What happens when you call the police?

  1. Police Officers will respond to your call for service.
  2. A report may be made in person at any Police Station.
  3. An investigation will be conducted by Police Officers.
  4. You may be required to attend a Police Station to provide a video statement.
  5. If reasonable grounds exist the Police will lay charges. If the accused is at the scene, in most cases, the accused will be arrested and charged. If the accused is not present, attempts will be made to locate and arrest the accused. If the accused cannot be found, a warrant for the accused's arrest will be obtained. The victim will be advised by a Police Officer that the accused has been arrested. In either case, when arrested, the accused will be advised that it is the Police laying the charge, not the victim.  Sometimes and accused is arrested and released with a promise to appear with conditions. Other times the accused is arrested and held in custody until a bail hearing.  The type of release is determined by the Officer in charge. In either case, release conditions will be given to the victim.
  6. Conditions of bail will be discussed with you to ensure your concerns are addressed. The final decision about the conditions of release is made by a Judge or a Justice of the Peace.
  7. Should you need immediate intervention for yourself or to assist child witnesses of domestic violence, you can request the police to call their Victim Services Branch to respond to the scene or police station. Victim Services will assist you and your family by offering crisis intervention and referrals to community agencies.
  8. Police Officers will offer you and your children a place of safety.
  9. When charges are laid, police will provide you with a blank Victim Impact Statement.
  10. You will be told when the accused is released from custody and advised of the bail conditions.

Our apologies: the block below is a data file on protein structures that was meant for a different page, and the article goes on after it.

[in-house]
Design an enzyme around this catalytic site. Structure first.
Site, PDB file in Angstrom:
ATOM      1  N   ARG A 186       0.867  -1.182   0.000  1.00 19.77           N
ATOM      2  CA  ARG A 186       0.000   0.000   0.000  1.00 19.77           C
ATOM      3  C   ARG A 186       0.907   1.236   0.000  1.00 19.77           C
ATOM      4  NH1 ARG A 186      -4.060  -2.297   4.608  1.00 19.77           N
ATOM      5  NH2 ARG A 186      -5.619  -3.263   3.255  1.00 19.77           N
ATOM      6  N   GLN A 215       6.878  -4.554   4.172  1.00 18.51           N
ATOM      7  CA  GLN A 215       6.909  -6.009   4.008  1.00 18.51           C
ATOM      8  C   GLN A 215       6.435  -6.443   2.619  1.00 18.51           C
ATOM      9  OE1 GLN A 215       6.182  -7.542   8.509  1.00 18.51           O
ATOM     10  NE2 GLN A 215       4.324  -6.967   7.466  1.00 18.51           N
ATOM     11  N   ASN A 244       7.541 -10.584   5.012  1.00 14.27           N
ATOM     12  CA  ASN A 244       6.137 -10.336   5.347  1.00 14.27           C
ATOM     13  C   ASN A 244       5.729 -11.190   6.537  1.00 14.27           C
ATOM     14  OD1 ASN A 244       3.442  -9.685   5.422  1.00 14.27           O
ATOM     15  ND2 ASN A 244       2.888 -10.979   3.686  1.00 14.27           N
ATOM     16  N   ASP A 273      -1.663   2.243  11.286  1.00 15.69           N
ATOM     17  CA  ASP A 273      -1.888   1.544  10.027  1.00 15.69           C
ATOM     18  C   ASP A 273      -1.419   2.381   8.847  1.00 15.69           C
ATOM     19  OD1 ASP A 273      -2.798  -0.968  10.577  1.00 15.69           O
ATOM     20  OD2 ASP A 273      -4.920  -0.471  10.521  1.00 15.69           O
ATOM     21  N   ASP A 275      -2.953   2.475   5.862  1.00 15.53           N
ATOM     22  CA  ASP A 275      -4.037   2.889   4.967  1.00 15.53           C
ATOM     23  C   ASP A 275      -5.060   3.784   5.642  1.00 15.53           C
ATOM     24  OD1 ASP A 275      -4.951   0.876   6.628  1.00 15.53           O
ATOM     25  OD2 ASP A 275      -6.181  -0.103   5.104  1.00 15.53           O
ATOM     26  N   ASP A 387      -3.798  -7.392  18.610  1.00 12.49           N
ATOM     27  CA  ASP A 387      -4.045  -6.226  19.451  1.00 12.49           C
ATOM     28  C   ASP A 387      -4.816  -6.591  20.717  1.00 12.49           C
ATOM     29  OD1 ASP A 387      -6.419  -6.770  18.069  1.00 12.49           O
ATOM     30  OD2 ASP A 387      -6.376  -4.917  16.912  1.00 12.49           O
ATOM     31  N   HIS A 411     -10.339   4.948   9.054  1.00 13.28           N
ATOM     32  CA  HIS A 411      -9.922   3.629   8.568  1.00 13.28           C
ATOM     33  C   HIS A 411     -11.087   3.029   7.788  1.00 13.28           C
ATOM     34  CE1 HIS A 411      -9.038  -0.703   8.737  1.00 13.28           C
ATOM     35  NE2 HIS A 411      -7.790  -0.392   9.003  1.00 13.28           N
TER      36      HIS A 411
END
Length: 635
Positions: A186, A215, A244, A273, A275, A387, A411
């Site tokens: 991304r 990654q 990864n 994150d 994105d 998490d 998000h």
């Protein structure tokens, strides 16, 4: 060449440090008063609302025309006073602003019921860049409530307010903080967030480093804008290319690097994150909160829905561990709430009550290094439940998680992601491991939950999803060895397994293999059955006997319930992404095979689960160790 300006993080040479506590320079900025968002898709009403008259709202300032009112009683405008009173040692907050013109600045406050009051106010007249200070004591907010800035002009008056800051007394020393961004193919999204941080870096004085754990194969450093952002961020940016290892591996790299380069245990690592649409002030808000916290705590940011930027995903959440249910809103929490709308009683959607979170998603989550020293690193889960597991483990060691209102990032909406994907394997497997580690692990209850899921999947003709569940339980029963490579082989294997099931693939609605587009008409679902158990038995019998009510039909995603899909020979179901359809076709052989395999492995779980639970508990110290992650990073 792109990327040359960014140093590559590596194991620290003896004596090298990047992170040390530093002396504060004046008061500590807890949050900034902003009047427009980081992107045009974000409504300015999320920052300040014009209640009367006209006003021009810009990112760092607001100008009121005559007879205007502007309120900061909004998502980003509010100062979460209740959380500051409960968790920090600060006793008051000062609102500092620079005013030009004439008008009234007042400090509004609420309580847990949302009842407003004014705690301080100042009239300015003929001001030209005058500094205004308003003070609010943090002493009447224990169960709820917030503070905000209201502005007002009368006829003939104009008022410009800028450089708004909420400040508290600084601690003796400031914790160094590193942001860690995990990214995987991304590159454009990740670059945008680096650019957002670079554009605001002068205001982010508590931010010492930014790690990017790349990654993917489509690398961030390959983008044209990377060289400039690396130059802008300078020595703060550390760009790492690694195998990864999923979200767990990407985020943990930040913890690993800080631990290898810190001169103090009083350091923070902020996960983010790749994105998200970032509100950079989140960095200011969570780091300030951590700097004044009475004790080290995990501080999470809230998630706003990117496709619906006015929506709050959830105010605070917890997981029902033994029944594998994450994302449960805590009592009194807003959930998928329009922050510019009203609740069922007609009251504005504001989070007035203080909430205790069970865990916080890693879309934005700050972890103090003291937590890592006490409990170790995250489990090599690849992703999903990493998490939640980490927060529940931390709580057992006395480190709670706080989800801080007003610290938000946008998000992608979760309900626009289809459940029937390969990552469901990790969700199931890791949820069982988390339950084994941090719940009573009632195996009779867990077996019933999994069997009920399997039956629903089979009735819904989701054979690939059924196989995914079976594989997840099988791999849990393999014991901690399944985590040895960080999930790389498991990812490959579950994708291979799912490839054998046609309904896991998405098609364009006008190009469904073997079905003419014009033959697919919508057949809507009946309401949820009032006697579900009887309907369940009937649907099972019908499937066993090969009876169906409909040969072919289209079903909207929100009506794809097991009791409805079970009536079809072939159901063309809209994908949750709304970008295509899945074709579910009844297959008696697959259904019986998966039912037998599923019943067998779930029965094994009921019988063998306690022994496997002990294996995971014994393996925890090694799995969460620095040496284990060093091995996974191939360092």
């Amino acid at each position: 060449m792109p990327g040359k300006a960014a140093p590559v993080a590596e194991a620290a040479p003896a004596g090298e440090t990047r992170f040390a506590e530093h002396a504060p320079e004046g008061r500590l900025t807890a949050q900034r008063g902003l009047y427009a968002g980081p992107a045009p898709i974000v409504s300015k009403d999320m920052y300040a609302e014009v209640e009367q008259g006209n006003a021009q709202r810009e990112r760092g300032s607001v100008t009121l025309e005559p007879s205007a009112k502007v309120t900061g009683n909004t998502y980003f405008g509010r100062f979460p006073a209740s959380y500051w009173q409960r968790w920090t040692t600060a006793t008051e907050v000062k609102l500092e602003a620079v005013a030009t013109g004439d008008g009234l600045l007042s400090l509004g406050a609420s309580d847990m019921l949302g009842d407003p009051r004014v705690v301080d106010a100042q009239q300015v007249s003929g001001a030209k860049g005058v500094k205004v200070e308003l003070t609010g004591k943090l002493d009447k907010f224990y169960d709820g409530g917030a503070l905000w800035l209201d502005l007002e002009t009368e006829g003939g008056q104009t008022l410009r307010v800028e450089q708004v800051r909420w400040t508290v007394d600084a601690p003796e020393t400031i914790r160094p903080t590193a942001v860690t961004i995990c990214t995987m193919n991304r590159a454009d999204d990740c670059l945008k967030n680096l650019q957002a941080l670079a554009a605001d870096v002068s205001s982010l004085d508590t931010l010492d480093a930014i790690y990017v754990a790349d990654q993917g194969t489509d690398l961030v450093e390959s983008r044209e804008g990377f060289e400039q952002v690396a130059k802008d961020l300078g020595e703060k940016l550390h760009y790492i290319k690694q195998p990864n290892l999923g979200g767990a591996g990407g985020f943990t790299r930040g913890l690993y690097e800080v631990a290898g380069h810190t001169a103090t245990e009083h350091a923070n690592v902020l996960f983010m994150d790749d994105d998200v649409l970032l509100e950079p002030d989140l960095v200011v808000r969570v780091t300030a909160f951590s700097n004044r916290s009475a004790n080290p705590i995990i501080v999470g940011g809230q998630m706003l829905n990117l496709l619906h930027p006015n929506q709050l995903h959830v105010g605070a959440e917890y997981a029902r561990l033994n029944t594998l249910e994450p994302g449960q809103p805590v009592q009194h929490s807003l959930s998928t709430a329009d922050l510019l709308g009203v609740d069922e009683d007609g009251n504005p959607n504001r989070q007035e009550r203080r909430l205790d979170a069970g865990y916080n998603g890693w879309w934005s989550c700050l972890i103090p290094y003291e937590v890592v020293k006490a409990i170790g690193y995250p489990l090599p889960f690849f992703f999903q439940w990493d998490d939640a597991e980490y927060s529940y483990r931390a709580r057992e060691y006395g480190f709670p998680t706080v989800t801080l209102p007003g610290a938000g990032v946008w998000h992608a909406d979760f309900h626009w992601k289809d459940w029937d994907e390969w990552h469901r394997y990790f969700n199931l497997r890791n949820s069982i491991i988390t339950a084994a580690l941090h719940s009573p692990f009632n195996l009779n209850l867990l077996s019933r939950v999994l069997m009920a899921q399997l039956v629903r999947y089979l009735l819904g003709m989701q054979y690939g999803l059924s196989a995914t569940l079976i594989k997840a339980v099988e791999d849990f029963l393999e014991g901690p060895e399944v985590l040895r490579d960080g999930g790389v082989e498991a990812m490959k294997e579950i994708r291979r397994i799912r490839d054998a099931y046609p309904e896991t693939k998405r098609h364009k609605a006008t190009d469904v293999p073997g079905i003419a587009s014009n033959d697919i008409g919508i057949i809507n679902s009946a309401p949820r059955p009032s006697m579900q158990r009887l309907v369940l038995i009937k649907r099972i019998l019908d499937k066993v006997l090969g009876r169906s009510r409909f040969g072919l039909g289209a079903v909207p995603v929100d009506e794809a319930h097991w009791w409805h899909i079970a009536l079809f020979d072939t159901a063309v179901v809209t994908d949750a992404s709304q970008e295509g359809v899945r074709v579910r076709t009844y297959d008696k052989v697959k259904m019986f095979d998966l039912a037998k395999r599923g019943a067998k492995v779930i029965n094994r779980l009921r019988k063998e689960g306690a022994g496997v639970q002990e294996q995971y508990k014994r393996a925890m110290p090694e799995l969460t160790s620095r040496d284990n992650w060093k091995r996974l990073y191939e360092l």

11. The Bail Safety Program is comprised of the Victim/Witness Assistance program and Detectives from the Hamilton Police Service. They will contact a victim within 24 hours to discuss the court process and to provide information regarding the Bail Hearing.  The Victim/Witness Assistance program can assist a victim to prepare a Victim Impact statement.
  12. If the accused pleads not guilty and the case proceeds to trial, you will receive a subpoena to appear in court. You must go to court. You should notify the Investigating Officer immediately if you change your address and phone number.
  13. The Crown Attorney will present the case in court. You are a complainant in the criminal process. You do not need a lawyer.
  14. When charges are laid, police will provide you with a blank Victim Impact Statement.
  15. If you have any questions or require further assistance regarding the investigation of your case you may contact the Investigating Officer, The Family Violence Resource Unit or the Victim Services Branch. If you have any questions regarding the court system you may contact the Victim Witness Assistance Programme.
Victim Services Branch 905-546-4904
Victim/Witness Assistance Programme 905-645-5272
Family Violence Resource Unit



Reasonable Grounds

A set of circumstances, which would satisfy an ordinary, cautious and prudent person, that there is reason to believe an offence has been committed. The belief must go beyond mere suspicion.

Reasonable Grounds can be established by obtaining witness statements, the existence of physical injuries, other physical evidence such as broken or damaged furniture or other signs of a disturbance.

Private Complaints

When Police Officers have not formed reasonable grounds that an offence has been committed and no charges have been laid; the victim of the crime may make a private complaint.

Individuals may go before a Justice of the Peace to request that a charge be laid on their behalf. Call to make an appointment at the The John Sopinka Court House at (905)645-5252.

You will need the Police occurrence number when you make this appointment.

Restraining Orders

  • Section 48 of the Family Law Act
    • A restraining order is an order or direction issued by the Ontario Court of Justice, Family Division. This can stop a spouse or former spouse from molesting, annoying, harassing or communicating with his or her spouse, former spouse or the children in his or her lawful custody.
  • Obtaining a Restraining Order
    • To obtain a restraining order you should consult with a family lawyer. Unfortunately, the Police cannot assist you in obtaining this type of Order.
    • Once you have a restraining order and believe the Order is being breached, you should contact the Police for further help.

Immigration Status

Your Immigration status in Canada will not automatically be affected by POLICE INTERVENTION. If you have questions concerning your status, call the Canadian Immigration Office inquiries line at 572-2787 or get independent legal advice from a lawyer specializing in Immigration Law.